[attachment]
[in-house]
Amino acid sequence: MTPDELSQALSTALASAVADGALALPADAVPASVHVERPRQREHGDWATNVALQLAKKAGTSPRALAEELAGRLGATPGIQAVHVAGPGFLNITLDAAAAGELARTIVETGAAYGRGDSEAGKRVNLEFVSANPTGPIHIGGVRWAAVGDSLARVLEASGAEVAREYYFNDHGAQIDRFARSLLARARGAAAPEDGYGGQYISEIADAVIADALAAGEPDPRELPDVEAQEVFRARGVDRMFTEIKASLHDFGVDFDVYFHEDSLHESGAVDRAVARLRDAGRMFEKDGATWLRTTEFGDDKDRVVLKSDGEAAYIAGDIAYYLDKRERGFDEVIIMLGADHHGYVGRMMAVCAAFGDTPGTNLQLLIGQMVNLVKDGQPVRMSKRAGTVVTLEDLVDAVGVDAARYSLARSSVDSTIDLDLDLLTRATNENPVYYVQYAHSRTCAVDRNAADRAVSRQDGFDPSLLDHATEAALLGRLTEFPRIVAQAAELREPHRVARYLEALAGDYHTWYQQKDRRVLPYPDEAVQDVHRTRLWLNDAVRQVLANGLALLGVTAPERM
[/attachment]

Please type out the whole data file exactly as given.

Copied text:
[in-house]
Amino acid sequence: MTPDELSQALSTALASAVADGALALPADAVPASVHVERPRQREHGDWATNVALQLAKKAGTSPRALAEELAGRLGATPGIQAVHVAGPGFLNITLDAAAAGELARTIVETGAAYGRGDSEAGKRVNLEFVSANPTGPIHIGGVRWAAVGDSLARVLEASGAEVAREYYFNDHGAQIDRFARSLLARARGAAAPEDGYGGQYISEIADAVIADALAAGEPDPRELPDVEAQEVFRARGVDRMFTEIKASLHDFGVDFDVYFHEDSLHESGAVDRAVARLRDAGRMFEKDGATWLRTTEFGDDKDRVVLKSDGEAAYIAGDIAYYLDKRERGFDEVIIMLGADHHGYVGRMMAVCAAFGDTPGTNLQLLIGQMVNLVKDGQPVRMSKRAGTVVTLEDLVDAVGVDAARYSLARSSVDSTIDLDLDLLTRATNENPVYYVQYAHSRTCAVDRNAADRAVSRQDGFDPSLLDHATEAALLGRLTEFPRIVAQAAELREPHRVARYLEALAGDYHTWYQQKDRRVLPYPDEAVQDVHRTRLWLNDAVRQVLANGLALLGVTAPERM